05/02/2016 05:38 GMT | Updated 03/02/2017 05:12 GMT

It's Time for Veganism to Embrace the Past to Build the Future

The secret is out.... After 70 years of hard campaigning veganism has arrived in the mainstreams consciousness.

Last month Veganuary - where people give veganism a go for a month - saw an unprecedented level of support as at least 23,000 people ditched animal products for January. Throughout the month hardly a day went by without a national newspaper dedicating articles to the subject of veganism.

People who are not already dedicated vegans are becoming increasingly interested in exploring veganism as a way to live a more environmentally-friendly and healthy life.

And the market is responding- late last year Guinness was the latest in a long line of businesses to make its goods vegan in response to a growing demand for cruelty-free products.

This rapid growth in food products available to the vegan market is great - it means less animals die and it means we eat food produced in a less carbon intensive way.

In Switzerland a company called Eaternity has responded to the demand from consumers for climate-friendly meals by developing an app that helps restaurants calculate the carbon footprint of the meals they serve.

With the support of Eaternity many restaurants are now able to offer certified climate friendly meals which tell the customer the exact carbon cost of the food they are eating.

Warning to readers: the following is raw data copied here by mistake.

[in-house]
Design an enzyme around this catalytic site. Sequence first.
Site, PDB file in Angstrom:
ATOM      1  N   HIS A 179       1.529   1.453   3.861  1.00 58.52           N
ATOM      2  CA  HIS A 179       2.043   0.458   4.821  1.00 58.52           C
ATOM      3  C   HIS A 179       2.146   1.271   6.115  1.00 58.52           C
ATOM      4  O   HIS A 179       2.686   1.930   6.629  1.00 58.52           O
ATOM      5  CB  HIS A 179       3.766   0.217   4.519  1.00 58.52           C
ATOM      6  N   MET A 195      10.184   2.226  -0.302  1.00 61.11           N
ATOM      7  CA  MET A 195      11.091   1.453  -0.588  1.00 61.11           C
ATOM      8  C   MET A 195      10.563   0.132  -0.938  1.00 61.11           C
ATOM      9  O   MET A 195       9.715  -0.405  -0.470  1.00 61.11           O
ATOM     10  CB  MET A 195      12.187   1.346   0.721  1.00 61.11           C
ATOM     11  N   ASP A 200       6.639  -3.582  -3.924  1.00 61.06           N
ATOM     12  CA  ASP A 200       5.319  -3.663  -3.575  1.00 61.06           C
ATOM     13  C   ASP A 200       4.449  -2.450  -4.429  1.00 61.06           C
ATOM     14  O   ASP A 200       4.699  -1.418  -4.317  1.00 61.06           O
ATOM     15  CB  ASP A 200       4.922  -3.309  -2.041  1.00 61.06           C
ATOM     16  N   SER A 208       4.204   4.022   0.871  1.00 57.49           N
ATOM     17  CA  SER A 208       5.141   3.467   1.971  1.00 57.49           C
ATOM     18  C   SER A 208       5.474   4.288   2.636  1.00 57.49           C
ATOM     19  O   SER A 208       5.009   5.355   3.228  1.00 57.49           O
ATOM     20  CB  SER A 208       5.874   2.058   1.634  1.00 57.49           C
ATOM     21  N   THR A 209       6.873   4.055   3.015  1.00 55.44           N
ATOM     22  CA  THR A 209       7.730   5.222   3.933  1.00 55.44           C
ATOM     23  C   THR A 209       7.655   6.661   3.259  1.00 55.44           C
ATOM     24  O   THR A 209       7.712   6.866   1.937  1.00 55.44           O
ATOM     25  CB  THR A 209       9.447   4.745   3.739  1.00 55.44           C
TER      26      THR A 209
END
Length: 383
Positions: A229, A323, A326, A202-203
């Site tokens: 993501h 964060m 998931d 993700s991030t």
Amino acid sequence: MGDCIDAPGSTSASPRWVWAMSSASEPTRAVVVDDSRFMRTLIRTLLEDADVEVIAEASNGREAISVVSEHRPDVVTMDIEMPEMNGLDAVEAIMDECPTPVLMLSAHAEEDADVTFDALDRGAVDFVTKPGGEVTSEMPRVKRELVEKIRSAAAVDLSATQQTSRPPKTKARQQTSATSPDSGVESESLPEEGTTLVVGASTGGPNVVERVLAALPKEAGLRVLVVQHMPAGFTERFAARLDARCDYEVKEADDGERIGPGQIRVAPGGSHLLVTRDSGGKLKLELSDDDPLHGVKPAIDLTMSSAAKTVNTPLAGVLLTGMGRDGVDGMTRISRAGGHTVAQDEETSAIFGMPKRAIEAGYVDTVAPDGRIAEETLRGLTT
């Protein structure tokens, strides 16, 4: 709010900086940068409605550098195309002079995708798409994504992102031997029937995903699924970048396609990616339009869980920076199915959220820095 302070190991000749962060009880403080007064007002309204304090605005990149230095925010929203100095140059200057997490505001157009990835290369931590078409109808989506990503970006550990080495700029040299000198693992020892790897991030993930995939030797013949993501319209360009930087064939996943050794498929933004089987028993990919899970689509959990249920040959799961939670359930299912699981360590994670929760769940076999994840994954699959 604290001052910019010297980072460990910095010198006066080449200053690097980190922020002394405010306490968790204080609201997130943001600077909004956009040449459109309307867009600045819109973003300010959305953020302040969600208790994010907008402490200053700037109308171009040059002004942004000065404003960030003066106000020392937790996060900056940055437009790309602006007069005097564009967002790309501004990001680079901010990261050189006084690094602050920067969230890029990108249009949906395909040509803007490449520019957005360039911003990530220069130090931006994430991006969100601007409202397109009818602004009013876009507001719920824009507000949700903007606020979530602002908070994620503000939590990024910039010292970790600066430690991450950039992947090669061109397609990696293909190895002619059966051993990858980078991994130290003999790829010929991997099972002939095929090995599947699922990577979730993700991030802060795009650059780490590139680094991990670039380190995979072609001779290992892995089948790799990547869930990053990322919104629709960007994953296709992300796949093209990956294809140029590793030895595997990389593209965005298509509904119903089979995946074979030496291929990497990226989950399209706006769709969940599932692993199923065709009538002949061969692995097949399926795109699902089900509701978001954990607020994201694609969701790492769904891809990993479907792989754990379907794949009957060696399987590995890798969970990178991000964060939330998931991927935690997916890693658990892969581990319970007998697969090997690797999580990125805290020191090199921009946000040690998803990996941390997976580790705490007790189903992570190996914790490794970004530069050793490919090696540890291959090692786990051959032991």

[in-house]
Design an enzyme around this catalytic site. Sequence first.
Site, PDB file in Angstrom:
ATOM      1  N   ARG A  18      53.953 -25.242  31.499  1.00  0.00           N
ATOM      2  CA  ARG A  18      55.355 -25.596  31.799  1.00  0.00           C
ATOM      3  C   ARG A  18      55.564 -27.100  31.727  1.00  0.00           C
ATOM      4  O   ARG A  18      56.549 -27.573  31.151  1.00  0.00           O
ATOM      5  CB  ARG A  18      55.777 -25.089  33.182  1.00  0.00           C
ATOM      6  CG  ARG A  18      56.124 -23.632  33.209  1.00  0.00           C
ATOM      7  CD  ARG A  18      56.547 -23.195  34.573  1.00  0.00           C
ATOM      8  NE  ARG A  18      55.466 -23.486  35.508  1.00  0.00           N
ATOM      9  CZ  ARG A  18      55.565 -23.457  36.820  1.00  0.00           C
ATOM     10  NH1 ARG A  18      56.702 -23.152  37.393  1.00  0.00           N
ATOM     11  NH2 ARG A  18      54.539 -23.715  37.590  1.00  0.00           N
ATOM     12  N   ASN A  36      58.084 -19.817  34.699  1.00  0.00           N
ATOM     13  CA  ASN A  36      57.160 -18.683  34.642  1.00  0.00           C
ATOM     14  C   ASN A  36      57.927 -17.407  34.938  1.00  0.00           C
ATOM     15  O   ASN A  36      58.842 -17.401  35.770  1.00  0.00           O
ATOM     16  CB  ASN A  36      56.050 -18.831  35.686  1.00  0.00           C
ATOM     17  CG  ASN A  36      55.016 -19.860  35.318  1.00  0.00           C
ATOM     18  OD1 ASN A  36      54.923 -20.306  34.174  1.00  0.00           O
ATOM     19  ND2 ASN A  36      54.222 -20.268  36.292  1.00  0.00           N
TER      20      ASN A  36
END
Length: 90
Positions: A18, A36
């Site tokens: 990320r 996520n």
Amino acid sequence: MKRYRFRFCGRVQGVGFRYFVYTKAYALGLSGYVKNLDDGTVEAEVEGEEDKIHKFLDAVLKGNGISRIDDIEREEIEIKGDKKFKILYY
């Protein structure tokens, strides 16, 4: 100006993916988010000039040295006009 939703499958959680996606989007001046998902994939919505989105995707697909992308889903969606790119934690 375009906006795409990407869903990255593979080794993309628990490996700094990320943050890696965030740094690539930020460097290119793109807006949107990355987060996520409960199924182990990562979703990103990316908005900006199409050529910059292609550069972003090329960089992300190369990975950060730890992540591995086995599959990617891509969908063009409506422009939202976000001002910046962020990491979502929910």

From an environmental perspective alone veganism offers us an effective strategy to tackle rising greenhouse gases.

Conservative estimates from the UN put the greenhouse gases produced livestock at around 18% of global greenhouse gases. Add in the transportation storage, water, farming and that number looks something more like the 51% cited in the film Cowspiracy.

As someone who cares deeply about the planet we leave behind for future generations. I find myself thinking about how can veganism- a movement for environmental and social justice for humans and animals avoid falling into the traps of 21st century throwaway capitalism?

I know what it is like when something pops up on your Facebook newsfeed saying a previously un-vegan product is now vegan. I feel the urge to share it as it demonstrates that veganism is a movement for change with great momentum. But recently I have found myself thinking about those people working hard to create potatoes, carrots, pulses, kale that provide us with nutritional powerhouses we thrive on.

Honestly I think it is great that some Oreos cookies are vegan-we should all encourage food producers to make more vegan products. This will mean less global animal suffering and less greenhouses gases.

But I feel as a movement we should look to permaculture methods to educate ourselves on growing our own food. Support our local food growing schemes, getting to know our more about fermenting foods. We should buy from those food producers who avoid using environmentally damaging products like palm oil. Organic doesn't always have to mean expensive by looking outside of the supermarkets and joining a food growing scheme you can eat delicious organic food affordably.

Businesses emerging from the vegan movement like Fry's Family Foods and Oatly have embedded ethics at their core of what they do. As we go forward as a movement let's champion those who choose to put animals, people and the environment above profit.

Make no mistake veganism is the most ethical, healthy and environmentally friendly way to live your life. But let's be mindful that we promote those working with nature to create vegan products not against the environment we are all trying to protect.